I originally bought into twitter as a news feed to fill my need for international political happenings. I followed @financialtimes, @berlaymont and some others who met that specific need. But as time passed I learned that twitter is more about interaction than it is about being an RSS feed. It’s a way that not for profits interact with their supporters. How businesses interact with their customers. How friends interact with friends. I’ve come to see first hand how valuable this interaction can be to all of these communities.
So I want to make a suggestion to my friends in the news biz. Yes, you get a lot of RTs because you break news. Lots of people follow you, and you provide an easy gateway to specific articles. Big deal.
You want to know what might make me want to purchase a subscription to your paper when your salesperson calls me this week? Interact with me. Don’t just be one sided. I’ve got RSS feeds for that. If I ask you a question every once and a while, answer it. If I mention you in a positive or negative way, shoot me a DM and follow up. I promise you that if you form this type of relationship with me I am actually going to think about buying your rag.
Twitter creates a unique opportunity to interact with potential customers. It levels the playing field. I dare you to quit being the only people on twitter who sit in the press box.
There’s a funny moment in tonight’s episode where Sheldon gets stuck on a rock-climbing wall and remarks, “What part of an inverse tangent function approaching an asymptote don’t you understand?” I thought it’d be helpful to take a moment and examine that joke. A linear asymptote is essentially a straight line to which a graphed curve moves closer and closer but does not reach. In other words, given a function y=fn(x) with asymptote A, A represents a number that, no matter how big (or, given the function, small) you make x, y will never make it to A. The particular example Sheldon quotes is the inverse Tangent function, or Arctangent, which has two asymptotes. If you graph it, it sort of looks like a horizontal S:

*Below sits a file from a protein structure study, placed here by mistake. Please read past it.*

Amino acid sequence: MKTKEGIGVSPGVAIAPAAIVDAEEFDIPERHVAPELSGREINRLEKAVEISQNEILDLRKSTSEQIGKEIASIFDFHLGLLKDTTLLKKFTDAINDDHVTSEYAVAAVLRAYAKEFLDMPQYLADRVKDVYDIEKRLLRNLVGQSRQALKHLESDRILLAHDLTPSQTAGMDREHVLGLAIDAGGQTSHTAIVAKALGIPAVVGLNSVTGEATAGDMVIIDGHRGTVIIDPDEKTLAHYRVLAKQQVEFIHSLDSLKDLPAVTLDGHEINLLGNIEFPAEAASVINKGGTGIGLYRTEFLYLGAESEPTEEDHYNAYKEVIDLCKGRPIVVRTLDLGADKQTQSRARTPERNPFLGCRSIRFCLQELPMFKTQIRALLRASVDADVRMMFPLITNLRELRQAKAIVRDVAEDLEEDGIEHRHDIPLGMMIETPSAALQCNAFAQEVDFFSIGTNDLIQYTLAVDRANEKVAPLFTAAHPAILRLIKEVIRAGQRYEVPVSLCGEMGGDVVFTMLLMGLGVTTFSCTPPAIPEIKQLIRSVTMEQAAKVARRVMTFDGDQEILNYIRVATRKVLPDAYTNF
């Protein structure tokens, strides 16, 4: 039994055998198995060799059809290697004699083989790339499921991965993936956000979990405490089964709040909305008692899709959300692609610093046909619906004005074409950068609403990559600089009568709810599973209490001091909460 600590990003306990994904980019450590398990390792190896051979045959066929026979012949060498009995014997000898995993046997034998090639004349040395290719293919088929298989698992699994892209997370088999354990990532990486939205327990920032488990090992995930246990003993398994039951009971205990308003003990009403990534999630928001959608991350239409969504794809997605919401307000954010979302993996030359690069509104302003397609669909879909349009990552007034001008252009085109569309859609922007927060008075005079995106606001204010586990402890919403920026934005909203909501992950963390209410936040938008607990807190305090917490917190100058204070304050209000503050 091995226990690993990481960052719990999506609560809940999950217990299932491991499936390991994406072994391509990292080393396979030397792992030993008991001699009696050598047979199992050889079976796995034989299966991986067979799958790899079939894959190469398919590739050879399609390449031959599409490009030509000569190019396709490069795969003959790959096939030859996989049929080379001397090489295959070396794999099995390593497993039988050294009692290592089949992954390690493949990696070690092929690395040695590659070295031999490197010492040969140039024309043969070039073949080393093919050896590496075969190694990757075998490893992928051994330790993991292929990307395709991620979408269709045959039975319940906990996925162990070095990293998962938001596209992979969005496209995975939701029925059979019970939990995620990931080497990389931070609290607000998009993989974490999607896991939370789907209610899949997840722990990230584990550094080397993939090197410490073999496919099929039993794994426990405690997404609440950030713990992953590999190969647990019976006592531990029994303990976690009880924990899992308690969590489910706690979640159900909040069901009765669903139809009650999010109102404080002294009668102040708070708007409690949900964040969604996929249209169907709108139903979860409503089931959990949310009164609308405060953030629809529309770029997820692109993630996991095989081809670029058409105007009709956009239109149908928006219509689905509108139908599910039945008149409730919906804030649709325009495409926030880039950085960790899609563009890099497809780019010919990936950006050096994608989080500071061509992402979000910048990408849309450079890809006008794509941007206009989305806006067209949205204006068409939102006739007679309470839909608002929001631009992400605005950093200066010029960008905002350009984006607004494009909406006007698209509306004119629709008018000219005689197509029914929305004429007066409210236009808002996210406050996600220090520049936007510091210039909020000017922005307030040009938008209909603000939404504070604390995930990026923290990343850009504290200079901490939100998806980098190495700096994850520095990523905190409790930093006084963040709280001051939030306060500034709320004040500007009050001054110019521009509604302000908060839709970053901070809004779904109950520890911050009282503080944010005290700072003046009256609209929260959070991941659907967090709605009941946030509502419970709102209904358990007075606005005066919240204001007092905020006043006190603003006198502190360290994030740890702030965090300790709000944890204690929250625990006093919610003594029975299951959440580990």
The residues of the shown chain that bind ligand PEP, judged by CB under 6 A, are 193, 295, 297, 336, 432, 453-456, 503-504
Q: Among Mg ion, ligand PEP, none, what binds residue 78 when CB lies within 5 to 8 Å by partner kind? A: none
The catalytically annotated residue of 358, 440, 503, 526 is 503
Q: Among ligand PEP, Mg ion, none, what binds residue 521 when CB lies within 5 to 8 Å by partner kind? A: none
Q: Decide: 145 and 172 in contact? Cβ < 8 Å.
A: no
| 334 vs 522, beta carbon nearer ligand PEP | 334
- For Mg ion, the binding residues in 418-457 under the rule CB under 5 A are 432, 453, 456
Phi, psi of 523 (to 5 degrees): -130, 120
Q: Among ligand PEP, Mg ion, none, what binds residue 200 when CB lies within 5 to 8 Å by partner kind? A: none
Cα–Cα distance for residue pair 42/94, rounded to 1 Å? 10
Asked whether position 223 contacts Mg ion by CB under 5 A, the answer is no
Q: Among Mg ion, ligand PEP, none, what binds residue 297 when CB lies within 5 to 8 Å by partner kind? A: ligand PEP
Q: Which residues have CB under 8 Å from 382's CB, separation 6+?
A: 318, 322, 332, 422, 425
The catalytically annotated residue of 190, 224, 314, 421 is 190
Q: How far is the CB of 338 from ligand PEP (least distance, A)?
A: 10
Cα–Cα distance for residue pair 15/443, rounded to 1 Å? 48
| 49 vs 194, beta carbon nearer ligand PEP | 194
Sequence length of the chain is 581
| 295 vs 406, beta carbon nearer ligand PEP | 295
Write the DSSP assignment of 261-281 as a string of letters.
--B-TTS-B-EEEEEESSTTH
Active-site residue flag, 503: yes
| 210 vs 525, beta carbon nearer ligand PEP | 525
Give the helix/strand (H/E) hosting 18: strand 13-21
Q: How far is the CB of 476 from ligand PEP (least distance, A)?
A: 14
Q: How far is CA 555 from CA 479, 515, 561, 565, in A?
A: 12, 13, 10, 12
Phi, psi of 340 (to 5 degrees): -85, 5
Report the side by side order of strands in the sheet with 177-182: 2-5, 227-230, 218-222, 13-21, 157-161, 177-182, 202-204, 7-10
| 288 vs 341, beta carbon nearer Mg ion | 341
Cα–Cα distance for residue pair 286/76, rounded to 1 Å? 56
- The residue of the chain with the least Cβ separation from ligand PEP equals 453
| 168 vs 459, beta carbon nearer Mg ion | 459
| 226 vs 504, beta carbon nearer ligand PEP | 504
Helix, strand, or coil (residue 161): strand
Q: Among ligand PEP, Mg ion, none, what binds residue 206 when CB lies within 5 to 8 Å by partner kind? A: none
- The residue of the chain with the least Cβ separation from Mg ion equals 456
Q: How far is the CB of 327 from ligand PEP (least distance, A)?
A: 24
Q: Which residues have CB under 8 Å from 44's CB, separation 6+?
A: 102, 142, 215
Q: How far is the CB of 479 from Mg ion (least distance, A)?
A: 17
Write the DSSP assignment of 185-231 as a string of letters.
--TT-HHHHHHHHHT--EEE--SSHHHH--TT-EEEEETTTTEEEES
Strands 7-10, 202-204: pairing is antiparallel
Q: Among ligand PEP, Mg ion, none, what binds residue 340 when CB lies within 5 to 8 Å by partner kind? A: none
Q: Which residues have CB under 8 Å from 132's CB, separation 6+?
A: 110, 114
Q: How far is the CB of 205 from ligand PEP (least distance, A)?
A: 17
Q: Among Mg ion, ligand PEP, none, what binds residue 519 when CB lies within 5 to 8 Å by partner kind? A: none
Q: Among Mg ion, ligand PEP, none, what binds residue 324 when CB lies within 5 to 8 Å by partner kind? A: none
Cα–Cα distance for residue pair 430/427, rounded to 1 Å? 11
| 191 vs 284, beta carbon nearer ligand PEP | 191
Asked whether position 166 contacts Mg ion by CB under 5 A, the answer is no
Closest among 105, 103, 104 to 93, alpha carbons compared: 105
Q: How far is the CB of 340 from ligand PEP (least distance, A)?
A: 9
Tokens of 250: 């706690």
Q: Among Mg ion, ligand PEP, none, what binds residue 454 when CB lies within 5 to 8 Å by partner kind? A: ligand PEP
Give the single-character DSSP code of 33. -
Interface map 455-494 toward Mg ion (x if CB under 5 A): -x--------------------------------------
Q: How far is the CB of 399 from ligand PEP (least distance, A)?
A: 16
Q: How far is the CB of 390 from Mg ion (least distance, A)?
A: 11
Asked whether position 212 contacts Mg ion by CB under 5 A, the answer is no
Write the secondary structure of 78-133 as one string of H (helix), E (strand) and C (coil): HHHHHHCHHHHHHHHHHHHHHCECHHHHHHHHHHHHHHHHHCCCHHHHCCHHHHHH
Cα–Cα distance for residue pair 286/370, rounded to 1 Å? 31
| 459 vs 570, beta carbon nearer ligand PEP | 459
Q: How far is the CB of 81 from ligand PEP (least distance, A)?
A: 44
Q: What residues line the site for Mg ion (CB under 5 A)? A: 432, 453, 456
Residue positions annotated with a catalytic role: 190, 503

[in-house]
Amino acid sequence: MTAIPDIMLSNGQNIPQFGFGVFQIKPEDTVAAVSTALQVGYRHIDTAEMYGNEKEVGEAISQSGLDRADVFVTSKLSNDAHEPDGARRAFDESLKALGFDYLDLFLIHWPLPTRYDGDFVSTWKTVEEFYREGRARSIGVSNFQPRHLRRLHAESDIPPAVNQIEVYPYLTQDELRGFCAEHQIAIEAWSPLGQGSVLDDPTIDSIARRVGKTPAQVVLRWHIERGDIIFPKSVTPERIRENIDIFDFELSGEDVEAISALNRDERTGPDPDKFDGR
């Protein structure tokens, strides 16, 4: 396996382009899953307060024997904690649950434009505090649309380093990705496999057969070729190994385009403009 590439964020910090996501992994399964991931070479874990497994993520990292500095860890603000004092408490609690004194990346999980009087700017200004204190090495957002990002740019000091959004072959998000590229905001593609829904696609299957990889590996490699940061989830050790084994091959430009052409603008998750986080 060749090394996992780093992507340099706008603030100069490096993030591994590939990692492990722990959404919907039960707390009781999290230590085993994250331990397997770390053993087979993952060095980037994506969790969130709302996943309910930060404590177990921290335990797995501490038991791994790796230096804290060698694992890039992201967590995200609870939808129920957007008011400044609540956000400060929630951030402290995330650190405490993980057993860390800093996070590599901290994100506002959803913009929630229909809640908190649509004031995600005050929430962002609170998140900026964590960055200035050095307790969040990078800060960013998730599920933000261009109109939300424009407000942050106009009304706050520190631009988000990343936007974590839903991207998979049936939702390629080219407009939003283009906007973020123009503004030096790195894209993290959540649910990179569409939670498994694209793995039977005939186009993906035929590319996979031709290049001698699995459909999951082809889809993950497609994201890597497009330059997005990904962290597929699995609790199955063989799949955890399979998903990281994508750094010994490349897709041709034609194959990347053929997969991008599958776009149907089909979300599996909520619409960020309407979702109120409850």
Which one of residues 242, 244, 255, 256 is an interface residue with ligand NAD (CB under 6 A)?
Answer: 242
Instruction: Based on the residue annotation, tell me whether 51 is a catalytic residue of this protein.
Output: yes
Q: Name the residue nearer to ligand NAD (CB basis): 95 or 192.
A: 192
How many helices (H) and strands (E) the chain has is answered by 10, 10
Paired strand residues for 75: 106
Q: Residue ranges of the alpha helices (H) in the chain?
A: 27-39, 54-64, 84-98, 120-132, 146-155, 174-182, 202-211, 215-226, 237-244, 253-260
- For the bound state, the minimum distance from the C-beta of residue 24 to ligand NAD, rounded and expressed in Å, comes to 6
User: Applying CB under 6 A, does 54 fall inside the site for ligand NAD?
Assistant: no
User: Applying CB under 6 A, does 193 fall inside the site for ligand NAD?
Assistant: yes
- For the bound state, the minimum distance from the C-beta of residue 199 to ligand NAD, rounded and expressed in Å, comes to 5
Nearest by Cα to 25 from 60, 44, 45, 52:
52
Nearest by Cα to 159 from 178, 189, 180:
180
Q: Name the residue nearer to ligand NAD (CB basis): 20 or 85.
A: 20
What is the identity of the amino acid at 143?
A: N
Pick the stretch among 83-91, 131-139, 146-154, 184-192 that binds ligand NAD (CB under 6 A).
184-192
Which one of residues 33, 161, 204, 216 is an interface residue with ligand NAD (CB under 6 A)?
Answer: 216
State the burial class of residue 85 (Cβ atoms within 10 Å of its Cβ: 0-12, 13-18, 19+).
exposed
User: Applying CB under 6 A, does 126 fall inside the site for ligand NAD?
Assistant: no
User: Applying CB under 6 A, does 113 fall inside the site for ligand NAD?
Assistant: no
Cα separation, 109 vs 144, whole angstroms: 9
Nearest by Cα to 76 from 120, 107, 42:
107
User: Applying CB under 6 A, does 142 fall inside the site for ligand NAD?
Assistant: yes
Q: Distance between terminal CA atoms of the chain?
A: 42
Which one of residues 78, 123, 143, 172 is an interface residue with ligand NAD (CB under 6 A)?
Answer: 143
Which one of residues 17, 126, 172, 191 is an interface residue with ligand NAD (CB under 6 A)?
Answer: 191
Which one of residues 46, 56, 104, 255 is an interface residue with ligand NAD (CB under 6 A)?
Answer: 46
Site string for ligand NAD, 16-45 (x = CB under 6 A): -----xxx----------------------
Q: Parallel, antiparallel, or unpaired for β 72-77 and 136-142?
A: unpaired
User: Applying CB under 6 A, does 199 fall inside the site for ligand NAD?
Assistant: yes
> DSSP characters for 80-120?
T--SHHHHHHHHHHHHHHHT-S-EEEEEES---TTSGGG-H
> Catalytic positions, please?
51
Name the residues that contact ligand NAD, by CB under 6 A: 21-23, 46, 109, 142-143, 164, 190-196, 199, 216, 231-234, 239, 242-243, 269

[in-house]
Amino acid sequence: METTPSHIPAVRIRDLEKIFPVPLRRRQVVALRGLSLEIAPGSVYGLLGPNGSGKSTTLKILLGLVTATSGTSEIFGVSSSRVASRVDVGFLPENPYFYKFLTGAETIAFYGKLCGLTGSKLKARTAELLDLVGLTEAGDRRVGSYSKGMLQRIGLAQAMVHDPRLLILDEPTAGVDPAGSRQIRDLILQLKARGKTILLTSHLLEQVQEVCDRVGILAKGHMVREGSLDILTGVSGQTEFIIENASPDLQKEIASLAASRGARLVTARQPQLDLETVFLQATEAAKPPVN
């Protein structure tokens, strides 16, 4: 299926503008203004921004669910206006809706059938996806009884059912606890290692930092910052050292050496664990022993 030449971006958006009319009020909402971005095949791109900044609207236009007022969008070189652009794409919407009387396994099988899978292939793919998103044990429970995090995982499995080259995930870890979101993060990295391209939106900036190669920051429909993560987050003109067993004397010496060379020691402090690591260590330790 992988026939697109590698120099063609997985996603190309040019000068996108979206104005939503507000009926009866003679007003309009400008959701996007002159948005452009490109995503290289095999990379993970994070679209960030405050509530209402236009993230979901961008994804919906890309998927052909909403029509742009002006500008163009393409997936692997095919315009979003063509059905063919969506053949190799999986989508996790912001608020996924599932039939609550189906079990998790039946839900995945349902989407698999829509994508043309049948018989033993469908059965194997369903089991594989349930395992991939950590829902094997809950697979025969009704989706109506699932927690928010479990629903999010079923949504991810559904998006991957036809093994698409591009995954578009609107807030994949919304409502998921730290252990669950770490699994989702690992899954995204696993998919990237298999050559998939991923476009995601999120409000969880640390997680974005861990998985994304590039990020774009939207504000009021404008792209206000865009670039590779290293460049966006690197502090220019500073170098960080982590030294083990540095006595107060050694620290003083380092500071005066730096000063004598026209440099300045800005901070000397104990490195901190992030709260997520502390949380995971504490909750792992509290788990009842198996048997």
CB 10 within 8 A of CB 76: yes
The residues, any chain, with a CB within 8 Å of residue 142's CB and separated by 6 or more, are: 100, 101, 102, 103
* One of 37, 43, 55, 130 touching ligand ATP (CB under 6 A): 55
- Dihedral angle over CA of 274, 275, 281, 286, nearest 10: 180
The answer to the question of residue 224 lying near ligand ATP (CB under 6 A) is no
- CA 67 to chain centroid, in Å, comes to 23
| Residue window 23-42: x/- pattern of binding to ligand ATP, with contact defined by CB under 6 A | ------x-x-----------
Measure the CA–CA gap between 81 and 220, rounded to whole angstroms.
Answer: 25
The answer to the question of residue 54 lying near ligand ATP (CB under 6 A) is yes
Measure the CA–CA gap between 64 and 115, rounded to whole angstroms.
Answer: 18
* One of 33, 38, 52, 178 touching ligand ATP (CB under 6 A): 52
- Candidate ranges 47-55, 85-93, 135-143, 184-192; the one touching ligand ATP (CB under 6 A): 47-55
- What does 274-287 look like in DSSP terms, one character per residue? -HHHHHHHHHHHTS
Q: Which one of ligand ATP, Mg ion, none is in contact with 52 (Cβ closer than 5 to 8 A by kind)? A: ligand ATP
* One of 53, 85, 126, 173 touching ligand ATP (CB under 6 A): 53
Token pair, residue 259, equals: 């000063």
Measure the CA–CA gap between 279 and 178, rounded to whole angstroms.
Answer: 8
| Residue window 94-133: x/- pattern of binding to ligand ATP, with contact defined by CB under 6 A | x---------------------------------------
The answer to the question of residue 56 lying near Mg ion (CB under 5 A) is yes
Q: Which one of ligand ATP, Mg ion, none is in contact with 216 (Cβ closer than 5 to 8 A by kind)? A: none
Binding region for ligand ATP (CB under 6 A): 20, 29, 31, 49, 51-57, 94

No matter how big you make x (that is, how far you move to the right), the function is never going to hit that top line (π/2), and no matter how small x gets (moving to the left), y is never going to be smaller than - π/2.
The more you know, the funnier it gets.
Yes! Chuck Lorre Productions has closing credit cards published on their website.
You must be a fan of the Big Bang Theory TV show to have any clue what I’m talking about, and if you are then you realize this is chuck-full of wonderful.
“Therein lies the best career advice I could possibly dispense: just DO things. Chase after the things that interest you and make you happy. Stop acting like you have a set path, because you don’t. No one does. You shouldn’t be trying to check off the boxes of life; they aren’t real and they were created by other people, not you. There is no explicit path I’m following, and I’m not walking in anyone else’s footsteps. I’m making it up as I go.”—Charlie Hoehn (via arlton)
What shall I do after I’ve killed myself with the web2.0 suicide machine?
Try calling some friends, take a walk in a park or buy a bottle of wine and start enjoying your real life again. Some Social Suiciders reported that their lives has improved by an approximate average of 25%. Don’t worry, if you feel empty right after you committed suicide. This is a normal reaction which will slowly fade away within the first 24-72 hours.